In the final pages of the first issue, General Hallo escorts Spike to Area 24, where Spike is asked to help the military communicate with a recently located government Transformer. Spike asks which one, as they enter a hangar that houses Optimus Prime. Indicate the dramatic splash of the closing page.

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It’s a promising opening for the series. Sarracini’s story touches on memories of the Challenger disaster, nods in the direction of the recently launched War on Terror, and uses the original Transformers’ long time out of the limelight as a plot point. It’s a story about the past, but that doesn’t mean everything has to be seen through rose-tinted glasses.

In fact, if you were looking for a simple continuation of the distributed cartoon, you might be disappointed. Just a few pages after Spike and Optimus reunite (and Spike uses a part of the Matrix to revive his old friends), we learn that Spike blames Optimus for his father’s death, and he’s actually quite sick of it. the war between Autobots and Decepticons. brought to Earth. There are some nuances to Star Wars: The Last Jedi here where the beloved hero from the past tells the audience that what they love about their childhood is actually quite destructive and stupid.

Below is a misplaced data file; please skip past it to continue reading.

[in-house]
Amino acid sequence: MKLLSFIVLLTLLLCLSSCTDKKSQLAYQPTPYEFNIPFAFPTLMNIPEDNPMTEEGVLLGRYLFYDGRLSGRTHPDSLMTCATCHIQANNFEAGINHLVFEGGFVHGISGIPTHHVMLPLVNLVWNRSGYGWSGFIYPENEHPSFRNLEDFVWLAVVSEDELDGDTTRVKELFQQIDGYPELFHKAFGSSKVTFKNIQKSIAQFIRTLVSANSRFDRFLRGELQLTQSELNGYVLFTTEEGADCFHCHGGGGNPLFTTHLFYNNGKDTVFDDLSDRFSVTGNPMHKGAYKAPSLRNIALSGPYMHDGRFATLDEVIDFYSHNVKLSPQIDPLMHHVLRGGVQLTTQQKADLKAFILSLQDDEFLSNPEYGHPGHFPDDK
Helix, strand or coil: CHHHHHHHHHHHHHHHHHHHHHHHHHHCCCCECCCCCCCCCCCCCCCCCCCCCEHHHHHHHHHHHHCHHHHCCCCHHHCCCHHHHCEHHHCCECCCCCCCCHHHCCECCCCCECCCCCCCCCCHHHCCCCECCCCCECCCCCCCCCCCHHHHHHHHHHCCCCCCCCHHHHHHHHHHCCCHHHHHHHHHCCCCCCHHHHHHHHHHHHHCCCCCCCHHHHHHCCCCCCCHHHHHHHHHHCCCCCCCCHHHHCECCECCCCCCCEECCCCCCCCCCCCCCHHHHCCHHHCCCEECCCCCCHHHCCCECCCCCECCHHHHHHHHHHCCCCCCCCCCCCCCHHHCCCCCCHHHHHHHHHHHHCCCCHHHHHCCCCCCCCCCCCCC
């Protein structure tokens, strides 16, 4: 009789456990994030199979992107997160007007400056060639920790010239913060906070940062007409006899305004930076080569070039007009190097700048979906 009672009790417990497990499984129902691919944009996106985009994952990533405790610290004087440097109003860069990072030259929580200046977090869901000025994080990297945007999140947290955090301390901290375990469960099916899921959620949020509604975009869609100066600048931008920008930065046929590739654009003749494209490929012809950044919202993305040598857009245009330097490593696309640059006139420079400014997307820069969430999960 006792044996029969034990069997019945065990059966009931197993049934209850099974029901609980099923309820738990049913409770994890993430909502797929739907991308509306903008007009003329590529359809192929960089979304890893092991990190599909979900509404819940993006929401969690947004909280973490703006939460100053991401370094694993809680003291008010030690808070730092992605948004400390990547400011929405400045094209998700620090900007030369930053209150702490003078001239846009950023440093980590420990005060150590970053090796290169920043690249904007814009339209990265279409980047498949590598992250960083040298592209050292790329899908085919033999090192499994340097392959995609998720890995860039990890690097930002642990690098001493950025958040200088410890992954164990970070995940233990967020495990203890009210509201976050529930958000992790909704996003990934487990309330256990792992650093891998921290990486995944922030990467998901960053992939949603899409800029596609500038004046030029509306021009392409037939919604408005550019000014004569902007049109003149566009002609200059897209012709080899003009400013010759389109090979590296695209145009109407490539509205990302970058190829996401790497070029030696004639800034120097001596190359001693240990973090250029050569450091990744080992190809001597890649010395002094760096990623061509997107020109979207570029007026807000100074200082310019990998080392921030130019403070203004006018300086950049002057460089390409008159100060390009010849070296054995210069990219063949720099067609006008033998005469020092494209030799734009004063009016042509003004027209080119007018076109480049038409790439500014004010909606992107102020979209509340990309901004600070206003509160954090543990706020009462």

Even more subversion follows, as the fan favorite Grimlock, leader of the Dinobots, turns against the Autobots and sides with the Decepticons (unsurprisingly, Megatron did not last long under Lazarus’ rule). , Spike discovers that General Hallo was actually the man responsible for the Ark II disaster and had his own plan to control the Transformers. The plan was adopted by his former partner, whom we now know as Lazarus. As you watch a battle between the Autobots and Decepticons in San Francisco, one that emphasizes human casualties and collateral damage, clearly evoking memories of 9/11, an increasingly unhinged General Hallo orders a nuclear strike on the city.

The Autobot Gestalt Superion is tasked with saving San Francisco from nuclear attack, though absorbing the blast costs the lives of all five Aerialbots. Meanwhile, in Canada, the Autobot Wheeljack is forced to sacrifice his life to save Earth from a cyber-virus designed by Megatron to transmute Earth into Cybertron. In Washington, Spike is rescued when the president arrives with armed officers, taking down the insane General Hallo.